News Holyoke Geriatric Authority Audit Finds Problems, Leads to Changes

Audit finds management deficiencies at Geriatric Authority of Holyoke.
  • Office of State Auditor Suzanne M. Bump

Media Contact

Mike Wessler, Communications Director

Boston — State Auditor Suzanne M. Bump today issued an audit of the Geriatric Authority of Holyoke (GAH) which found a series of management deficiencies led to a $2.2 million debt owed to the city of Holyoke. The audit, initiated by Mayor Alex Morse, is being used by GAH’s new leadership to prevent the accumulation of further debt, repay the city, and steer the authority to a path of self-sufficiency.

The Geriatric Authority of Holyoke, an independent governmental entity operated by a seven-member board comprised of appointees of both the mayor and city council, offers a variety of care and service options for the elderly, including 24-hour care. In Fiscal Year 2011, GAH received more than $6.8 million in revenue with expenditures of more than $7.3 million.

The audit, which reviewed a two-and-a-half-year period ending in June, 2012, highlighted several missed opportunities for the GAH to grow its revenue. Missed opportunities included allowing its physical therapy license to expire, underutilizing GAH facilities, and underutilizing the authority’s service vehicles. Each missed opportunity prevented the GAH from either providing additional money-earning services or collecting rent to help ensure its financial viability.

The audit also reveals GAH in 2012 received over $150,000 in state funding to which it may not be entitled. The Executive Office of Health and Human Services (HHS) provided the payments based on documentation that the GAH received $367,663 in appropriations from the City of Holyoke in Fiscal Years 2009 and 2010. Holyoke’s City Treasurer contests that the money provided to the GAH were not appropriations, but money that GAH owed the City because the City was paying for GAH’s portion of its employees and active retirees’ premiums for health, dental, and life insurance.

Further inefficient and unauthorized transactions contributed to the Authority’s financial decline, according to the audit. The report cited a failed GAH attempt to replace its aging nursing-home facilities that resulted in a loss of more than $400,000. The audit also questioned the appropriateness of certain legal services, employee retirement packages, and employee automobile benefits.

The audit’s review of GAH’s internal policies and procedures found several practices which provided inadequate protection over GAH resources. Improvements needed included more frequent reconciliation of financial accounts, complete inventories of GAH assets, and written contracts between GAH and its service providers.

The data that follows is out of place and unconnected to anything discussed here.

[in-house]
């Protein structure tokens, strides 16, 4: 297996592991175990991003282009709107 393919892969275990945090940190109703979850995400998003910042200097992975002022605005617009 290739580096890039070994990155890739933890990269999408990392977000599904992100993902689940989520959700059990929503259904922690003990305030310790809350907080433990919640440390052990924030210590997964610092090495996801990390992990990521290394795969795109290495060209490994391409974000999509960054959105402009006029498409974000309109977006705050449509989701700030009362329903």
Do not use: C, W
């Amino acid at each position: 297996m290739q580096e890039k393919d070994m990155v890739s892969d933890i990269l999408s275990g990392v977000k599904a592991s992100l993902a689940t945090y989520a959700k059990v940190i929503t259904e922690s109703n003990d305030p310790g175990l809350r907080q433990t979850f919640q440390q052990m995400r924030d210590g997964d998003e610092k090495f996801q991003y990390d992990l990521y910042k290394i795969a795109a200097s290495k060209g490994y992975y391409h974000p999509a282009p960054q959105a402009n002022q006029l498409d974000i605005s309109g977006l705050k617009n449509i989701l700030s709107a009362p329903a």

“The series of deficiencies detailed in this report describe an environment ripe for waste and abuse,” said Auditor Bump. “Holyoke is at a crossroads of its financial future and it must be determined if the Geriatric Authority can be transitioned to a state of self-sufficiency or if it should continue to be supported by the taxpayers. I commend Mayor Morse, the leadership of the city, and the authority for their willingness to confront a problem and begin corrective action.”

The GAH, now managed by a new executive director, has responded positively to all audit findings and states it will institute new cost-saving measures, review its internal procedures, and begin collecting new streams of revenue by increasing the amount of services provided and leasing out more of its facility space.

The Office of the State Auditor conducts technical and performance assessments of state government’s programs, departments, agencies, authorities, contracts, and vendors. With its reports, the OSA issues recommendations to improve accountability, efficiency, and transparency.

Read the audit of the Geriatric Authority of Holyoke here.

Media Contact

Office of State Auditor Suzanne M. Bump 

The Office of State Auditor Suzanne M. Bump (OSA) conducts audits, investigations, and studies to promote accountability and transparency, improve performance, and make government work better.


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